In further selecting for productivity as well as FHB and BLS resistance, Figure 1 shows that experimental lines SD4708 and SD4752 as well as checks “Forefront” and “Surpass” warranted consideration. SD4708 was better than average for each of the disease resistiance traits and had the eighth highest grain yield mean as well as ninth heaviest test weight. SD4752 was quite similar, though its grain yield mean was less than average. Both of these genotypes had high levels of resistance to DON accumulation. SD4752 was tied with Boost for the second lowest, while SD4708 was next with third lowest, mean DON accumulation (Table 1). Forefront and Surpass had similar and better than average levels of resistance to FHB while Surpass had a lower than average AUDPC score (Table 1). Forefront had a higher than average AUDPC mean and was tallest among all genotypes while the plant height of Surpass was less than average. Both had early heading dates and Forefront had a higher grain yield mean (Table 1).Genotype by Yield Trait Analysis of 2017–2018 AYT
Table 3 contains standardized yield-trait combinations of the GYT data for each genotype that were derived by combining traits presented in Table 1 with grain yield. As an example, Y*TW is the standardized version of the product of grain yield and test weight. Those yield-trait combinations followed by “-1” such as, Y*DIS-1 represent products of grain yield and trait values that were chosen with preference toward lower numerical scores. As a result, high values are always preferable in the standardized GYT table.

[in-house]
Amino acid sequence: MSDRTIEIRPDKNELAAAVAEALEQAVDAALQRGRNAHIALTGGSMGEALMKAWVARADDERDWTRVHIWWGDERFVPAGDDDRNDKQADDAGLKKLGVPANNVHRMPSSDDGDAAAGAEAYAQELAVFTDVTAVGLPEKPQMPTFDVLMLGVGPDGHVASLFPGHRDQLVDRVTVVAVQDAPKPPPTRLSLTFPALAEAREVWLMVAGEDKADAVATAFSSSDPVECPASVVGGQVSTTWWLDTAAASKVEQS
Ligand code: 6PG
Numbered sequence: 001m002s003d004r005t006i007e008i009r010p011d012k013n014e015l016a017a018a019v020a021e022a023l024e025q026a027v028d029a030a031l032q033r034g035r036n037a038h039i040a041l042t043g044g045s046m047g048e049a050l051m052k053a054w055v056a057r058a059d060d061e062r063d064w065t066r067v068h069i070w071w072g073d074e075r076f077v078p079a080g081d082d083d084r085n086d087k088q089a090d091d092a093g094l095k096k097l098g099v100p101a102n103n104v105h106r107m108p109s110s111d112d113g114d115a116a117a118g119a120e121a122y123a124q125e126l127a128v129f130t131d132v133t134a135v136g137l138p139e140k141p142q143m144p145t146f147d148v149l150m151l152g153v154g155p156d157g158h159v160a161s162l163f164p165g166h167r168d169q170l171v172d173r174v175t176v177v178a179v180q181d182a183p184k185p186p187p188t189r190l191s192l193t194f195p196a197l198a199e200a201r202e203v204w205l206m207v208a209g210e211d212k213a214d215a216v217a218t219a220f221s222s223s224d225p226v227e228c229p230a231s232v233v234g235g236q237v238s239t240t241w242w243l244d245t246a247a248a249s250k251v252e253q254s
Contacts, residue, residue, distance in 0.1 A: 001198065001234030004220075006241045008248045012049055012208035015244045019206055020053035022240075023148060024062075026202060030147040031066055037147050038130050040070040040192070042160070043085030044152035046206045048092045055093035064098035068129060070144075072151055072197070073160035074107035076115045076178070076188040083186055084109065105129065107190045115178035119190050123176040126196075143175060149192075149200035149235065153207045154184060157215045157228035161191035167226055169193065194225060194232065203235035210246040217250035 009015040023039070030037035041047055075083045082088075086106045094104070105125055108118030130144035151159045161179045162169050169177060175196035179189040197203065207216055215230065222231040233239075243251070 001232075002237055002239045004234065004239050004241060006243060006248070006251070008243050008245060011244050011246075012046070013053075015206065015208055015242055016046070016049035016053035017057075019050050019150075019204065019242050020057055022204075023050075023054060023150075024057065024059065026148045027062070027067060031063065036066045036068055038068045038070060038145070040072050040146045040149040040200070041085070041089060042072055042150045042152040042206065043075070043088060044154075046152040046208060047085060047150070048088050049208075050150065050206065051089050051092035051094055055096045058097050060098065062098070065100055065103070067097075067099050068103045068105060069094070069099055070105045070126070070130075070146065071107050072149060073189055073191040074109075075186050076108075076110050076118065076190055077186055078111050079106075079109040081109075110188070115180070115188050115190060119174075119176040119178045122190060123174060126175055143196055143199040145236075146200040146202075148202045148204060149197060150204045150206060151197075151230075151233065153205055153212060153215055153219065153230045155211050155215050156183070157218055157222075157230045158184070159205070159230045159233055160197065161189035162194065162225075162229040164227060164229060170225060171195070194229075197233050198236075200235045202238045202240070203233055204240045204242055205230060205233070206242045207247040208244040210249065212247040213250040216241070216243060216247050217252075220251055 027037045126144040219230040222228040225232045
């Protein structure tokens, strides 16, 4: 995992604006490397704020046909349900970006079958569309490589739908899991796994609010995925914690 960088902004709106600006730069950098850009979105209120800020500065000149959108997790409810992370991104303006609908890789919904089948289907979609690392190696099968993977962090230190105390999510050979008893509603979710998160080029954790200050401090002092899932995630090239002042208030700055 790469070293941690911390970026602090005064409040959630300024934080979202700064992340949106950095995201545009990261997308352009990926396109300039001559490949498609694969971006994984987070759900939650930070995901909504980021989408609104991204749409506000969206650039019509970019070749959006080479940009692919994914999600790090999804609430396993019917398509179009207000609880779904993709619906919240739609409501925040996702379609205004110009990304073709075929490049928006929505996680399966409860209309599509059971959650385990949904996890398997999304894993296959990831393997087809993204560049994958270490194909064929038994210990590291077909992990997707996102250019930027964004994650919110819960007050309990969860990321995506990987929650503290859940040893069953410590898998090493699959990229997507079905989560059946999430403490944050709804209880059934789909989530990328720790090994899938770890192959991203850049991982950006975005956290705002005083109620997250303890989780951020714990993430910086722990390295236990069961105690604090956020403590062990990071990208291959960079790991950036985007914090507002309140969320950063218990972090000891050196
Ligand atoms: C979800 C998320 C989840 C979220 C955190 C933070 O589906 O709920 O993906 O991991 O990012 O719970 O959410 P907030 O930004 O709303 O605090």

Figure 2 is the average tester coordinate (ATC) biplot view based on genotype-focused singular value partitioning (“SVP = 1”) of the standardized GYT data (Table 3). Figure 3 is the tester vector view of the same data though based on trait-focused singular value partitioning (“SVP = 2”). Total variation depicted in the first two dimensions of this data was 62.9%. By default, the GGEBiplot software program produces Figure 2 upon completion of the GYT analysis routine. Its formulation is best-suited to focusing on genotypes while Figure 3 is best for examining relationships among yield-trait combinations . In a GYT biplot analysis, each yield-trait combination includes grain yield as a component. Consequently, correlations among most yield-trait combinations tend to be positive. These relationships are easily viewed on Figure 3, though it is also immediately apparent that not all yield-trait combinations were positively correlated. The most notable example was that of the relationship between Y*DAYS-1 and Y*AUDPC-1 ratings, which were negatively associated, though their correlation was not significant (Table 4). The characteristic of generally positive correlations among yield-trait combinations allows genotype selection to take place because a meaningful average vector can be calculated. Yield-trait combinations are equivelent to testers in a GYT biplot analysis. Figures 2 and 3 each poseess two bold lines that intersect at the biplot origin; one with a single arrow point and one that is double-arrowed. The line with a single arrow is the average tester axis (ATA). Location of the ATA on the figure denotes the average placement of all yield-trait combination vectors. The small circle located on the ATA indicates the average value of each yield-trait combination. The ATA points in the direction of high mean performance. The double-arrowed line separates genotypes with better than average overall performance from those with less than average overall performance. Since the ATA arrow points towards high performance, genotypes situated to the right of the double-arrowed line are those of most interest for selection. The double-arrowed line also provides information as to whether a genotype’s triat profile was quite well-rounded or obviously strong or weak for a certain trait or group of traits. Genotypes with short projections on the double-arrowed line are more balanced while those placed farther from the ATA, regardless of direction, have obvious strong or weak characteristics.